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What happens when the parachute fails? A lesson in belief.

Melinda Cassells

Have you ever wondered what happens when the parachute fails to open? Most of the time you die. On a very rare occasion, you live. 30 years ago I met the couple who shaped how I work and my beliefs about speech therapy. I was a student speech pathologist at The Prince Alexandra Hospital in an acute ward. His parachute hadn’t opened, and he plummeted to earth. It was a miracle he lived. When I met him, his therapists and doctors were telling his wife that he would never walk or talk. I remember the passion, the determination in her voice when she responded so vehemently “You do not know us. You do not know what we can do”.

Has a therapist, Doctor, Paediatrician, teacher, or family member told you that your child will never…

  • never talk,
  • never have a friend,
  • never go to a mainstream school,
  • never learn to read,
  • never get invited to a party,
  • never have a relationship,
  • never work,
  • never live independently.

The power of belief.

If you as a therapist do not believe that a child can achieve or become ??? then you will never give them the opportunity to learn. You won’t find the strategies, teach the skills and show the micro steps that they require to achieve their goal.

I’ve seen it so many times. When I’ve set a goal for a child and the school has said they won’t be able to do that. A paediatrician said a child will always have to sound out and never read fluently. He’s now an avid reader. When a severe speech child was learning to speak clearly and their OT said they wouldn’t ever have normal speech. He did and he achieved the goal before year 1 when he started therapy could only say “eeee”. Today you would never know he had a severe speech disorder. I had a dad tell me that I wouldn’t be able to engage and talk with his son because he had autism. My initial session with him was one of my best sessions getting into his son’s bubble and connecting with him within minutes.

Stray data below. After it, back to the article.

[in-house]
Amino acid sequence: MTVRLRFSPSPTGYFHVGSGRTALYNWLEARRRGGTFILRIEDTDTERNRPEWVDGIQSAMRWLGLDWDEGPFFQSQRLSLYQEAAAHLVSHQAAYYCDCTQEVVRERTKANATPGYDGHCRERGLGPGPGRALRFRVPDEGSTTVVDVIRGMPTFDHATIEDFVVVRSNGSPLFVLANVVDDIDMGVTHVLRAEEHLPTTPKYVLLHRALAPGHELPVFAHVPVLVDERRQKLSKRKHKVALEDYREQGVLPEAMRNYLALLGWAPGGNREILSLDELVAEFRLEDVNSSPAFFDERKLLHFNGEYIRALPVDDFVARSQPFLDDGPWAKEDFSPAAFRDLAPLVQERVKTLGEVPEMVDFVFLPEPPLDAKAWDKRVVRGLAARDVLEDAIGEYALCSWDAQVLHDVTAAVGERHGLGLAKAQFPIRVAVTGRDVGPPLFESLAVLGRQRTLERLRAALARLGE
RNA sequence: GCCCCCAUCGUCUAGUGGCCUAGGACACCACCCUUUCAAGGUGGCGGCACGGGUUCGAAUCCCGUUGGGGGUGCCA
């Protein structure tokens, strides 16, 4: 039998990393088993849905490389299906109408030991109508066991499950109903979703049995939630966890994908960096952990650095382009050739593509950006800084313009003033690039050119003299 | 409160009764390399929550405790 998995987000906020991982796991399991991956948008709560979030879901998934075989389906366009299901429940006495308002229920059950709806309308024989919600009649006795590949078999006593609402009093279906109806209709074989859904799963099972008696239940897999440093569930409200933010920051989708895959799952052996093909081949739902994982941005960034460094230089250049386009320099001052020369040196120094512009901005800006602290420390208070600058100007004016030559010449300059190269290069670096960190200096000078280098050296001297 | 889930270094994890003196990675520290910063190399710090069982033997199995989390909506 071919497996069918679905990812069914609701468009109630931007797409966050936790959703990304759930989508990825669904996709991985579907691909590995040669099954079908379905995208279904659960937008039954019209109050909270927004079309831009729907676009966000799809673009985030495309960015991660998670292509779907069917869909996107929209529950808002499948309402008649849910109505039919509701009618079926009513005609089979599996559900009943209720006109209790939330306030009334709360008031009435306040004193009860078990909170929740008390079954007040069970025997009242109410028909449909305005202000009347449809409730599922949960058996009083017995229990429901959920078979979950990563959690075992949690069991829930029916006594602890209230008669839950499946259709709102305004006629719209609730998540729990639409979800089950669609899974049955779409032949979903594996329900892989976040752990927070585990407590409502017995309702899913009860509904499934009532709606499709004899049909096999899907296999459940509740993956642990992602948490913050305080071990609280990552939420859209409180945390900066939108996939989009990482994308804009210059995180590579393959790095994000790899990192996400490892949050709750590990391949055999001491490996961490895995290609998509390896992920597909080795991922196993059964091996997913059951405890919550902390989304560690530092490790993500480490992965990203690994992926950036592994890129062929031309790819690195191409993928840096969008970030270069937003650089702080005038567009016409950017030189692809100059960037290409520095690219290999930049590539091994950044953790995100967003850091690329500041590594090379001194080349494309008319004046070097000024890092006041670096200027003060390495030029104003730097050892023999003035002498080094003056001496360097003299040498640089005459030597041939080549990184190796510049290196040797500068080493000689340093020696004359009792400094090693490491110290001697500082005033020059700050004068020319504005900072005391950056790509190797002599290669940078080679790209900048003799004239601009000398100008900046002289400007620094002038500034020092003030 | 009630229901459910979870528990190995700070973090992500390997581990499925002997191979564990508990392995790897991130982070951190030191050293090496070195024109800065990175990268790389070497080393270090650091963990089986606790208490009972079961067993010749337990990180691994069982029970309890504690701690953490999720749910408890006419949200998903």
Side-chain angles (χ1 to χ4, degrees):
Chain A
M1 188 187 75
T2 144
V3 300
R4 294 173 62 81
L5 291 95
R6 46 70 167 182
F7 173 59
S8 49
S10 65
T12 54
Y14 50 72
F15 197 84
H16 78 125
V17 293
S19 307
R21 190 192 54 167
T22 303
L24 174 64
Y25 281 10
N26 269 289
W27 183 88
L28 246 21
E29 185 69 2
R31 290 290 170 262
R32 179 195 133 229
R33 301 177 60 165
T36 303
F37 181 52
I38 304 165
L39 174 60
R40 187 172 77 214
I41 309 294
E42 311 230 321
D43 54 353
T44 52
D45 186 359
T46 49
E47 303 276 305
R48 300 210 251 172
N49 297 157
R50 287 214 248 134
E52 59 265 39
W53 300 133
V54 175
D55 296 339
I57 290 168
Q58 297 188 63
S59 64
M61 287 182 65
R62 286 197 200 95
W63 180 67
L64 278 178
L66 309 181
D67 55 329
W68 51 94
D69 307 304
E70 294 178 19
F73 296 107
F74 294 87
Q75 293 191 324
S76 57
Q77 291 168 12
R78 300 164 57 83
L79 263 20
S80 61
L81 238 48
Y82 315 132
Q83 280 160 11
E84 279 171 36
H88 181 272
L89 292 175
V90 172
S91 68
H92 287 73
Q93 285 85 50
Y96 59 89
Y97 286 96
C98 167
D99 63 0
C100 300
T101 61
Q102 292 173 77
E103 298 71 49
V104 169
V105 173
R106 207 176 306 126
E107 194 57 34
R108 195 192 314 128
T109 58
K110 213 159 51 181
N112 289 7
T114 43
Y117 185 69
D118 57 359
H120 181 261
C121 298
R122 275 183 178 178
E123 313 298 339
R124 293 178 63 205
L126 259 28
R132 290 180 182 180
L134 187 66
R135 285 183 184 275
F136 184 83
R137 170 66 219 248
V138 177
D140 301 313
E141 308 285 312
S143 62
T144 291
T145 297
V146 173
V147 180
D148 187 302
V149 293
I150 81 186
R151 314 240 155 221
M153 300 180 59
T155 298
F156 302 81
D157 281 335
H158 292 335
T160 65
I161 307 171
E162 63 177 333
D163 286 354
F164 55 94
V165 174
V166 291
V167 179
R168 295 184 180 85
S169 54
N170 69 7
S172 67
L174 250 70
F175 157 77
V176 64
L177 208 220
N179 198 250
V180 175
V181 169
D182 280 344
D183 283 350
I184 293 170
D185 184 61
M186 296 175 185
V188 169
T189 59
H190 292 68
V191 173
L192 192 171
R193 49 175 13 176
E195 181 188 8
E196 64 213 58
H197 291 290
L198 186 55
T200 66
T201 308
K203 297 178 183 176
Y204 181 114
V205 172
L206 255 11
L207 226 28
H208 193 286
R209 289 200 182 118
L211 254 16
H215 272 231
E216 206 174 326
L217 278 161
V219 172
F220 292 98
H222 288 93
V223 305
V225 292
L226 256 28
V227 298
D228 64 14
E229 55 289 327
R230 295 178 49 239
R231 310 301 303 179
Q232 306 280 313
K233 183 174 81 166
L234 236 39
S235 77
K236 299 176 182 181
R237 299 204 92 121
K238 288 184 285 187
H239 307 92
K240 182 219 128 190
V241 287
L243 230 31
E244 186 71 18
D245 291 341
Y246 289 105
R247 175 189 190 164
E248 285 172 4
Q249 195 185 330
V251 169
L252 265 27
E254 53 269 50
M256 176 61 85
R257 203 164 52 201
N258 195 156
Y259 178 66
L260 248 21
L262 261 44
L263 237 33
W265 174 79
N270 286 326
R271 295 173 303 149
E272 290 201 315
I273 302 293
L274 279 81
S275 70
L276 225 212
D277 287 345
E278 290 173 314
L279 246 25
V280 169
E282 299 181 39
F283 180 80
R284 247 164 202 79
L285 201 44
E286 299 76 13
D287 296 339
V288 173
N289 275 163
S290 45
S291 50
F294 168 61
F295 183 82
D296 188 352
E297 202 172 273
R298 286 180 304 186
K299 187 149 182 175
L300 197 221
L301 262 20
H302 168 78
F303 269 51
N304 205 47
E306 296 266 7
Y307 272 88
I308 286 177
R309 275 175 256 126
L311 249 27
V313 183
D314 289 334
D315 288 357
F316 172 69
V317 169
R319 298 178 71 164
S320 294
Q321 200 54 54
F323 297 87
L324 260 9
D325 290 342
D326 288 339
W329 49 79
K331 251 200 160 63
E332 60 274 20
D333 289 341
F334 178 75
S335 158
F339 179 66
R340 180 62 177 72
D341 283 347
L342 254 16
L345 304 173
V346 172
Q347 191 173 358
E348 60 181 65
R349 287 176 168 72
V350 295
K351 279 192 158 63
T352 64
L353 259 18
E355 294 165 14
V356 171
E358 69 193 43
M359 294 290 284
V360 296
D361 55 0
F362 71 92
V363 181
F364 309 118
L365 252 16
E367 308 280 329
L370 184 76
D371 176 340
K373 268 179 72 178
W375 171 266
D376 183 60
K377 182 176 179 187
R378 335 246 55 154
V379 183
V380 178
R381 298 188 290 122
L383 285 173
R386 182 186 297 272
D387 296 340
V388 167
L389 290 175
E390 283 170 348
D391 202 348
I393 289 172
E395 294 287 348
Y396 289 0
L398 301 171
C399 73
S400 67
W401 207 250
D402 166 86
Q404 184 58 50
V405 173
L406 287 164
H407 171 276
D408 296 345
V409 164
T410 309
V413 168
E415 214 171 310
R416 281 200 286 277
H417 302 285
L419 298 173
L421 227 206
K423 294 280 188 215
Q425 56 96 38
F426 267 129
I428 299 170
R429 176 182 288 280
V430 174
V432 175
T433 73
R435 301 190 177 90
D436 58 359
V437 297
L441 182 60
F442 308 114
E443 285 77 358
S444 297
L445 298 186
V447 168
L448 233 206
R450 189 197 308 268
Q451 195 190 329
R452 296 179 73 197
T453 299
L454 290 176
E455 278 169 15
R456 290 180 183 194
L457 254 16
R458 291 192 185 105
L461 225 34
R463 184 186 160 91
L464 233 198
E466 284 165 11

“You have to believe. Otherwise, it will never happen.”

Neil Gaiman

It happens when I’m teaching a child to read. I set the goal to learn to read one-syllable words and the school team says they will never be able to do that. The very next year I set the goal to read three-syllable words and again they say the child won’t be able to do that. The next year my goal was to teach them to read five-syllable words and again they said they wouldn’t be able to achieve it.
Would that school that didn’t believe they could even read one-syllable words have ever given them the opportunity because they truly didn’t believe it was possible? Today she reads books like twilight and Harry Potter and giggles at all the right times and shares with her mum Listen to this part mum. It struck me how when somebody believes you cannot do something they do not give you the opportunity to learn

For some of my parents that I work with the battle to have someone believe in their child starts at the time they are born. They are told even at the hospital your child will never… don’t expect your child to go to a mainstream school, go to university or drive a car. Some are even given a diagnosis of Intellectual disability without an assessment just because they have a genetic condition.

I also see this when kids are diagnosed later in life when parents ring me in the car on the way home from the appointment in a flood of tears my child just got diagnosed and I say they are the same person who they were when you went into the appointment then they are right now They still John or Mary Scott or Thalia install

As professionals, we can take away a belief that a child can, and the most powerful lesson is – that isn’t your job. Your role as a Speech Pathologist is to believe they can, to find the strategies that work for them, to develop their skills and provide the micro steps they need to achieve what they want to achieve I’m not asking for my clients to be neurosurgeons but I want them to live their best life.

Believe you can and you’re halfway there.”

Theodore Roosevelt

So what happened to the guy whose parachute didn’t open? In the acute ward they were telling his wife he will not walk, he will not talk. I met him two years later at the Prince Charles outpatient clinic and I was teaching him to read and write because he could already walk and talk. I remember that determination and that belief that his wife had for him and their life and I can tell you that it wasn’t just belief but they followed it through with action and they did the work.

What does your child need to achieve? What do you want them to do? What can your child achieve with the belief, the strategies, the skills and the micro steps and with the practice and determination that you bring? I don’t know where they will end up but I do know that:

“Whether you think you can, or you think you can’t–you’re right.”

Henry Ford

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